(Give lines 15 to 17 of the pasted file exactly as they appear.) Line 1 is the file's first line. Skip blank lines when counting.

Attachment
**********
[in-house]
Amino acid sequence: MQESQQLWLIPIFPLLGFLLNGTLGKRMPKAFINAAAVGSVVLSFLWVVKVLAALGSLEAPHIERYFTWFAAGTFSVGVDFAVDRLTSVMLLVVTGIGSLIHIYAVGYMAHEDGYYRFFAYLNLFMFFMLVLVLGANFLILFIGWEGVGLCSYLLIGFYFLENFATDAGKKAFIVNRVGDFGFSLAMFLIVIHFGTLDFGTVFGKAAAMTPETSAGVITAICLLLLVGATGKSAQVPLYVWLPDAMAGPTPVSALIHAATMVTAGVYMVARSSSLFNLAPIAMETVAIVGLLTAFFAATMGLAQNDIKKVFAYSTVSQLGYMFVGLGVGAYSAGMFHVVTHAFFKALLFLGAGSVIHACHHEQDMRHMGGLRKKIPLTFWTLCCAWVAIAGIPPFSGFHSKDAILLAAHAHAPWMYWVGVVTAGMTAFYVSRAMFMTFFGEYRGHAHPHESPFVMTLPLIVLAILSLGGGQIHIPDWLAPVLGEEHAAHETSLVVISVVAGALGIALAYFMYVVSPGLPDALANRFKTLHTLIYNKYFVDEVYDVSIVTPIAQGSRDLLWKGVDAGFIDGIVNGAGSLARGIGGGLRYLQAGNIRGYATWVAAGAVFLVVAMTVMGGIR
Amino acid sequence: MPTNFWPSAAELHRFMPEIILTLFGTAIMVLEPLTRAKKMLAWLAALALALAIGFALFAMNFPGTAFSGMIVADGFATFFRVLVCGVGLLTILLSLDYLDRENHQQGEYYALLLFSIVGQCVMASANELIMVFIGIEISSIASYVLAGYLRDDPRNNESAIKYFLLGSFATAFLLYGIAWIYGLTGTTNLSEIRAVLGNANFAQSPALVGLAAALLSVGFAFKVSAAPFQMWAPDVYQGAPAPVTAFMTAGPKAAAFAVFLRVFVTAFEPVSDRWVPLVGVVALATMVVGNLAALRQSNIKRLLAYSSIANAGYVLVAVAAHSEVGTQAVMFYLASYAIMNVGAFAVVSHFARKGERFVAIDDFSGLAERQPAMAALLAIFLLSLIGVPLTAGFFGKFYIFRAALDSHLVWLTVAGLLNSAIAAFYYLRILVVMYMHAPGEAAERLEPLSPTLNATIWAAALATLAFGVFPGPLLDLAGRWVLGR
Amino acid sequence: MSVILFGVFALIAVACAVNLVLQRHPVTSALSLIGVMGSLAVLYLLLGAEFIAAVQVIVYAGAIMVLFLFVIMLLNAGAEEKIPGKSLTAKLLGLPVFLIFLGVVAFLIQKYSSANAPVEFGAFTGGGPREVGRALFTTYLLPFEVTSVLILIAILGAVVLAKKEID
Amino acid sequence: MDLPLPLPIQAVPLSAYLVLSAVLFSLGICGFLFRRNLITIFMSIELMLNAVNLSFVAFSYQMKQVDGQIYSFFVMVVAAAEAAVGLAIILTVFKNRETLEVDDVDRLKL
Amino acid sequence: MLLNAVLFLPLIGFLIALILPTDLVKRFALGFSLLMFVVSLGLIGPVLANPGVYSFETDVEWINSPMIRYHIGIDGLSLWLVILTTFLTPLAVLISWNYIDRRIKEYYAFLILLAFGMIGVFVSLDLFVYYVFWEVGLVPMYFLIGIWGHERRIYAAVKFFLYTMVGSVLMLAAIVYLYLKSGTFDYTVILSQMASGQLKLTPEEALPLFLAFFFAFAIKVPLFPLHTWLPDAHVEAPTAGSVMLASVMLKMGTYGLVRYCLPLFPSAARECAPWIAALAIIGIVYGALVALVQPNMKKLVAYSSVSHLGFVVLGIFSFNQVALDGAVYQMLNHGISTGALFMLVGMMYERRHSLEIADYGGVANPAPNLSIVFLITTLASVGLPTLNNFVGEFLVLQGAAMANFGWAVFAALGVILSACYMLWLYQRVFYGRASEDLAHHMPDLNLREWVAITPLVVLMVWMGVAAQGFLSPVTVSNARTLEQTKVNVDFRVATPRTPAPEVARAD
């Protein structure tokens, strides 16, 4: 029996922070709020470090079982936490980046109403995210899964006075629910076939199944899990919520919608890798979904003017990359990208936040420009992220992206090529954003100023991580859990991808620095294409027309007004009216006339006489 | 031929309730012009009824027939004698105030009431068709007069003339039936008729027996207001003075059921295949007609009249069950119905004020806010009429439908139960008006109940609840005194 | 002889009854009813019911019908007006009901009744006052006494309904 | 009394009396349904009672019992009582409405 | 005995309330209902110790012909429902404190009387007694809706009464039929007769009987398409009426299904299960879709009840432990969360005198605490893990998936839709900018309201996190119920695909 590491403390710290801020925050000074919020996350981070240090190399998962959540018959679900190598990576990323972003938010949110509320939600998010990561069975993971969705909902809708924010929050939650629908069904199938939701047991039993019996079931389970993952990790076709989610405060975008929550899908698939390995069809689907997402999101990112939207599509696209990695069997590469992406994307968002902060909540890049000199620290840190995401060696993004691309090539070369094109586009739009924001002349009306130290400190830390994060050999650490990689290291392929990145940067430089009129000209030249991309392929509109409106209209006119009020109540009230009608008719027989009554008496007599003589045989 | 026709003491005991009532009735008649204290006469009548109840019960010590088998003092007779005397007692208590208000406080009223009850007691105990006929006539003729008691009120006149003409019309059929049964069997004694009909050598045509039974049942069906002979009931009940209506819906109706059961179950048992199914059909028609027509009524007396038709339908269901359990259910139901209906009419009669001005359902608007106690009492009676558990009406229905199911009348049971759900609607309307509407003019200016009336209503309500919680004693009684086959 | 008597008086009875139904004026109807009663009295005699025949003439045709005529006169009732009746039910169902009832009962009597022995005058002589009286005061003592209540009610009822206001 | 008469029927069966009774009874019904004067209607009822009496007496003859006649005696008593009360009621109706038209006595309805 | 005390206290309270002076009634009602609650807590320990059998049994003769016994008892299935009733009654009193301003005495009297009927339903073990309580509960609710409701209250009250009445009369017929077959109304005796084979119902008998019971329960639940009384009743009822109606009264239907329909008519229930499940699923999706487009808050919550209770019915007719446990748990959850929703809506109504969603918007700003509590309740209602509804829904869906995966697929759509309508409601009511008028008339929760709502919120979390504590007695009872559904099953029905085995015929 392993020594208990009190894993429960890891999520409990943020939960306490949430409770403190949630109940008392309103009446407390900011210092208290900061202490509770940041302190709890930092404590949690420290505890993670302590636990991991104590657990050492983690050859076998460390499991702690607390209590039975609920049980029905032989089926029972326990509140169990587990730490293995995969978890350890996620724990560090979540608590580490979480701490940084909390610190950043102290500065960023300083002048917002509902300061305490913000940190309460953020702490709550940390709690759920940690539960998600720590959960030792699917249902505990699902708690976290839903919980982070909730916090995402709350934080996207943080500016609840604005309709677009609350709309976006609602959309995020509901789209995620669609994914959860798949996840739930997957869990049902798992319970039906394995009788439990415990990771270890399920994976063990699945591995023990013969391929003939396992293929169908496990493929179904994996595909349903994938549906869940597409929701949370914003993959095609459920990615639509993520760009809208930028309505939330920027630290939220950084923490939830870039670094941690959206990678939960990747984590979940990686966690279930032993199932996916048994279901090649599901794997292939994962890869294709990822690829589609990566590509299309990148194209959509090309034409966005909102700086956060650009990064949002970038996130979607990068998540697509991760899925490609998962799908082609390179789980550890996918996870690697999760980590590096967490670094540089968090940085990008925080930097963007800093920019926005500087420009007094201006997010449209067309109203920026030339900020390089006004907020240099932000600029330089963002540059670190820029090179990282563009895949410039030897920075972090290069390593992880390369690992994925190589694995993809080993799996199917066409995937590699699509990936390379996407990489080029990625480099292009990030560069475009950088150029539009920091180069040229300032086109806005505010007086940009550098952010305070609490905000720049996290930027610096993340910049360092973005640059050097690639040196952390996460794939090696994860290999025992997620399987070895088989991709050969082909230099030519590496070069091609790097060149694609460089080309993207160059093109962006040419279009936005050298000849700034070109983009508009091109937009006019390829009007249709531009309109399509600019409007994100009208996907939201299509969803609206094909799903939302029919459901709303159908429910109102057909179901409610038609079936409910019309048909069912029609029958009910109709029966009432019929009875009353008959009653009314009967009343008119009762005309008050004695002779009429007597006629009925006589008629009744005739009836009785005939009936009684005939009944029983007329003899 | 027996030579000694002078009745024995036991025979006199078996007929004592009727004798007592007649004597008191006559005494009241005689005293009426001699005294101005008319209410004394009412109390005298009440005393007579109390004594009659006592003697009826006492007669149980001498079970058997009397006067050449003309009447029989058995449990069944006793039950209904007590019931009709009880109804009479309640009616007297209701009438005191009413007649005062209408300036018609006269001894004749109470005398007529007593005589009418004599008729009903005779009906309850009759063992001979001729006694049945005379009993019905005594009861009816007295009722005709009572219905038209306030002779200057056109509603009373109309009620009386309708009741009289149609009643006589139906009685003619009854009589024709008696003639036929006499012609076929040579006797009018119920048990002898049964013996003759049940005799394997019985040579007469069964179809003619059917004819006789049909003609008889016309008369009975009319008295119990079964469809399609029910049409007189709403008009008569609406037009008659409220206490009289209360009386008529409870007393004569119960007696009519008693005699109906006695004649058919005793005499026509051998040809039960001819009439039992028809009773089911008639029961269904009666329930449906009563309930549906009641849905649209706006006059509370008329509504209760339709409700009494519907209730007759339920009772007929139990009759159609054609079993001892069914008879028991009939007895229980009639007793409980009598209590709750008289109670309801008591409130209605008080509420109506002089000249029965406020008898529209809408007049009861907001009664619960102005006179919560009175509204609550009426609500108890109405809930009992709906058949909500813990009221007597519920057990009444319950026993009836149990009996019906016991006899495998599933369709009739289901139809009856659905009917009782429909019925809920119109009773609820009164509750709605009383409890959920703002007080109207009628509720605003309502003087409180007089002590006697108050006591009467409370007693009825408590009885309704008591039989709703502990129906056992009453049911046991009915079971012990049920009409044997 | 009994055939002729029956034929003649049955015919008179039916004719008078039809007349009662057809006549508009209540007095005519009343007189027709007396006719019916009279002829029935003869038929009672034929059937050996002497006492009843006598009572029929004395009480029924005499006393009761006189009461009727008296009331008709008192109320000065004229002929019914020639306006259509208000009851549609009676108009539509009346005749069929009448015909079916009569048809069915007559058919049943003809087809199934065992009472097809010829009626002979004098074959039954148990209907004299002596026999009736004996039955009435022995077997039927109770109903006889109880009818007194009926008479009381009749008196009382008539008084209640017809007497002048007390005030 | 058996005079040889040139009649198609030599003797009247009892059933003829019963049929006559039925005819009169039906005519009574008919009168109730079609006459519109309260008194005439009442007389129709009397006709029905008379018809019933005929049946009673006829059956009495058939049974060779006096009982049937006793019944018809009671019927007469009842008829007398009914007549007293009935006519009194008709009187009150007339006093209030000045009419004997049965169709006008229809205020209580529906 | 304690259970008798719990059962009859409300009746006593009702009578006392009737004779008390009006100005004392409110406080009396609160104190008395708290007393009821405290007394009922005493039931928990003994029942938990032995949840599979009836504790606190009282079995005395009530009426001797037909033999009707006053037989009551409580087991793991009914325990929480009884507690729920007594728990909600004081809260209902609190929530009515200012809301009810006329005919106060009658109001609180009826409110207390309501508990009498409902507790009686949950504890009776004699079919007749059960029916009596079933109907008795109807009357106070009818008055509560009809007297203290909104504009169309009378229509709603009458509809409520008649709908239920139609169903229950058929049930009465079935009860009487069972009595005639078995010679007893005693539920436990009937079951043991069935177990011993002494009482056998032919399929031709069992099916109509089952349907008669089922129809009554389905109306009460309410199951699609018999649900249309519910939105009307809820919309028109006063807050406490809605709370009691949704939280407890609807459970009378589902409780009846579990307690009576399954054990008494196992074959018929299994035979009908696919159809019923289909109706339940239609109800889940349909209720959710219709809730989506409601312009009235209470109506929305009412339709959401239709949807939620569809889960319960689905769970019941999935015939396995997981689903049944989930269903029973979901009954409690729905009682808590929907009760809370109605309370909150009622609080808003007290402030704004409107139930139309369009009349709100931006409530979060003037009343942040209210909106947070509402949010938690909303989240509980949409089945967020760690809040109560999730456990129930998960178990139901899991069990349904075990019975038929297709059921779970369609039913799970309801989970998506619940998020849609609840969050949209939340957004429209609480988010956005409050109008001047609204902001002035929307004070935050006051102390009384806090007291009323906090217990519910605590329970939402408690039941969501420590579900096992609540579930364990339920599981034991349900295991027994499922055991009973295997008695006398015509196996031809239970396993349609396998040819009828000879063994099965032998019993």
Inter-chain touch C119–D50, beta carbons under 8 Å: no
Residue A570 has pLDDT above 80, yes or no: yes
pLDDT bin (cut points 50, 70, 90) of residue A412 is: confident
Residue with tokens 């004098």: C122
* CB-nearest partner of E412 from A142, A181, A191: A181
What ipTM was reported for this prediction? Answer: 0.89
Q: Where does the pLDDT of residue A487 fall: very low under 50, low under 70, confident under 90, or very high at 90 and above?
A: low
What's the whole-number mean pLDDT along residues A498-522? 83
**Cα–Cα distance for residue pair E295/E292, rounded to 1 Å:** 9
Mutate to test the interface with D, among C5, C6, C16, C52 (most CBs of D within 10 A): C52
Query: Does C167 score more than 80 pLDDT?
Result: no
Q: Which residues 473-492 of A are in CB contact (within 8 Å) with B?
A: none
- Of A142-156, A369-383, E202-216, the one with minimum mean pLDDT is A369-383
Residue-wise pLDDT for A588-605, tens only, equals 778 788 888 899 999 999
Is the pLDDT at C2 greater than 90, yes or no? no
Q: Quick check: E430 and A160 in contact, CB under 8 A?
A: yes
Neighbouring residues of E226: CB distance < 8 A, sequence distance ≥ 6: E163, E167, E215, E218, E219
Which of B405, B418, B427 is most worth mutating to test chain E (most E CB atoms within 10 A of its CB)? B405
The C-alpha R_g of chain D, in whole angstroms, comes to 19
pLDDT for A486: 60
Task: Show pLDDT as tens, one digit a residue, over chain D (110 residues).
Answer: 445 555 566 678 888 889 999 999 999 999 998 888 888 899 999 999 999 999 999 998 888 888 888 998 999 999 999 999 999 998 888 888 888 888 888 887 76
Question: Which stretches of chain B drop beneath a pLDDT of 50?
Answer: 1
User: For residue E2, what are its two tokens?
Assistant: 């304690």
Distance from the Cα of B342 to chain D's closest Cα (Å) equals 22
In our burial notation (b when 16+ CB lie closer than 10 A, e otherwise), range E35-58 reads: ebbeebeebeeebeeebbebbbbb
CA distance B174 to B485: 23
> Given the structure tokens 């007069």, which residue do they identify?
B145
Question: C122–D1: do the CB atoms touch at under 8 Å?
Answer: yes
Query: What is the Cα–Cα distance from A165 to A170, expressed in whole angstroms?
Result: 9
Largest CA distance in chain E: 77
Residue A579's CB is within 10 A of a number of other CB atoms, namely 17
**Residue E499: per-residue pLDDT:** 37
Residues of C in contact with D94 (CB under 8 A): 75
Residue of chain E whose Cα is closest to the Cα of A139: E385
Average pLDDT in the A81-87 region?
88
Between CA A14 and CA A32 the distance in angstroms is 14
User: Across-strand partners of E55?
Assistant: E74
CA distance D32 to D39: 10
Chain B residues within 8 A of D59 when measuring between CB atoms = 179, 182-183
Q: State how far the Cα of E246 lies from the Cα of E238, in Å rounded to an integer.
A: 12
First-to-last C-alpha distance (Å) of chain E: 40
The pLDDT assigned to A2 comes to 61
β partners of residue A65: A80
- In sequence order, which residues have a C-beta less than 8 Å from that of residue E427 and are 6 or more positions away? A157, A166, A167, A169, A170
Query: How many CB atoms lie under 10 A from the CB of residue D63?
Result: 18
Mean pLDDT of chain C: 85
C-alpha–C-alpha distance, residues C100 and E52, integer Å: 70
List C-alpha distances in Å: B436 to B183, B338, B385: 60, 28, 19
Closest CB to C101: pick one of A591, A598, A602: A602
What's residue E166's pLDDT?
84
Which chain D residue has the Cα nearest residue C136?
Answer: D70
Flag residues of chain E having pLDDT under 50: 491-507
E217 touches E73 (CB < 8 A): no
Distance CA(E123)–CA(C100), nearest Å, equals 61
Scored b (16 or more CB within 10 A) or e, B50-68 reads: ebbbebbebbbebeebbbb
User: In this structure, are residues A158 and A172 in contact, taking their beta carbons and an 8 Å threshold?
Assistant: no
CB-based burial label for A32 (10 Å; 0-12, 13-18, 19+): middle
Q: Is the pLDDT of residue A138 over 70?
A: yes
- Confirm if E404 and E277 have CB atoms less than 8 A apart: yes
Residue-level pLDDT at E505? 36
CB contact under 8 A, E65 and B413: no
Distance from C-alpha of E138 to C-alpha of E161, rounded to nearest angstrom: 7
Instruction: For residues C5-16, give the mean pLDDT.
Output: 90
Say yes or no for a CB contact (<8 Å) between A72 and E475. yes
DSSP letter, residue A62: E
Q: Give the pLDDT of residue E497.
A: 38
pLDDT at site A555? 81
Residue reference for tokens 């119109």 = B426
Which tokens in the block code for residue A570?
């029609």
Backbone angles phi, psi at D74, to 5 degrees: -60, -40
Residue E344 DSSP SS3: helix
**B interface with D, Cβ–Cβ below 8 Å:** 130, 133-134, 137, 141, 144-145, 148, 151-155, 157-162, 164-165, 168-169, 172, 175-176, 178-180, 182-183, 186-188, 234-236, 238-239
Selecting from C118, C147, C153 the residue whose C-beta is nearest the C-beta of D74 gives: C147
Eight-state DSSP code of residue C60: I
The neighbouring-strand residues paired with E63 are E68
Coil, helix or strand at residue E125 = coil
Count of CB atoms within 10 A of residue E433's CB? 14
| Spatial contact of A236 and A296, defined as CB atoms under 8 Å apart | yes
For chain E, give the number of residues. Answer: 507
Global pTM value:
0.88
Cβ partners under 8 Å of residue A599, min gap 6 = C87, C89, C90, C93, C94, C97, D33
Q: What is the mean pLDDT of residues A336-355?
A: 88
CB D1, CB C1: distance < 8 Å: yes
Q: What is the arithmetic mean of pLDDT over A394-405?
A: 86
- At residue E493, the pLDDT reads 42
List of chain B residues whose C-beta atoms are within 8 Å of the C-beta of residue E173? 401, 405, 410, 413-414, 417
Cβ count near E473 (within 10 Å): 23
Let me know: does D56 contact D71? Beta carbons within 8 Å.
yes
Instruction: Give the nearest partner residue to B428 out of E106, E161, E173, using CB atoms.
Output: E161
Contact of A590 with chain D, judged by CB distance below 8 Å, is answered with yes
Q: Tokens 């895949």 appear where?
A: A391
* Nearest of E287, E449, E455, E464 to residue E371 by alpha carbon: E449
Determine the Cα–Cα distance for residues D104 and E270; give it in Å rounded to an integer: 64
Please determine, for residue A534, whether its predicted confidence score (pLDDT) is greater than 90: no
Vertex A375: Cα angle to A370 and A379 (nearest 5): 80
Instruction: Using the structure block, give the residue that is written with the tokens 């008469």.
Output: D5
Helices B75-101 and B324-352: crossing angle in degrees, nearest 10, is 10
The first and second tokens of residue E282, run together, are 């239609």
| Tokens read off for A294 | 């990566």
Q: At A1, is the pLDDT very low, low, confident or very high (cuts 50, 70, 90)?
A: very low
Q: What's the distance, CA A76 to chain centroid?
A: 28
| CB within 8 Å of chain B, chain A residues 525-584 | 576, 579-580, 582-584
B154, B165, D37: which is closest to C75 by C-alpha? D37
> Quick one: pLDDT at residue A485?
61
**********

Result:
A: low
What's the whole-number mean pLDDT along residues A498-522? 83
**Cα–Cα distance for residue pair E295/E292, rounded to 1 Å:** 9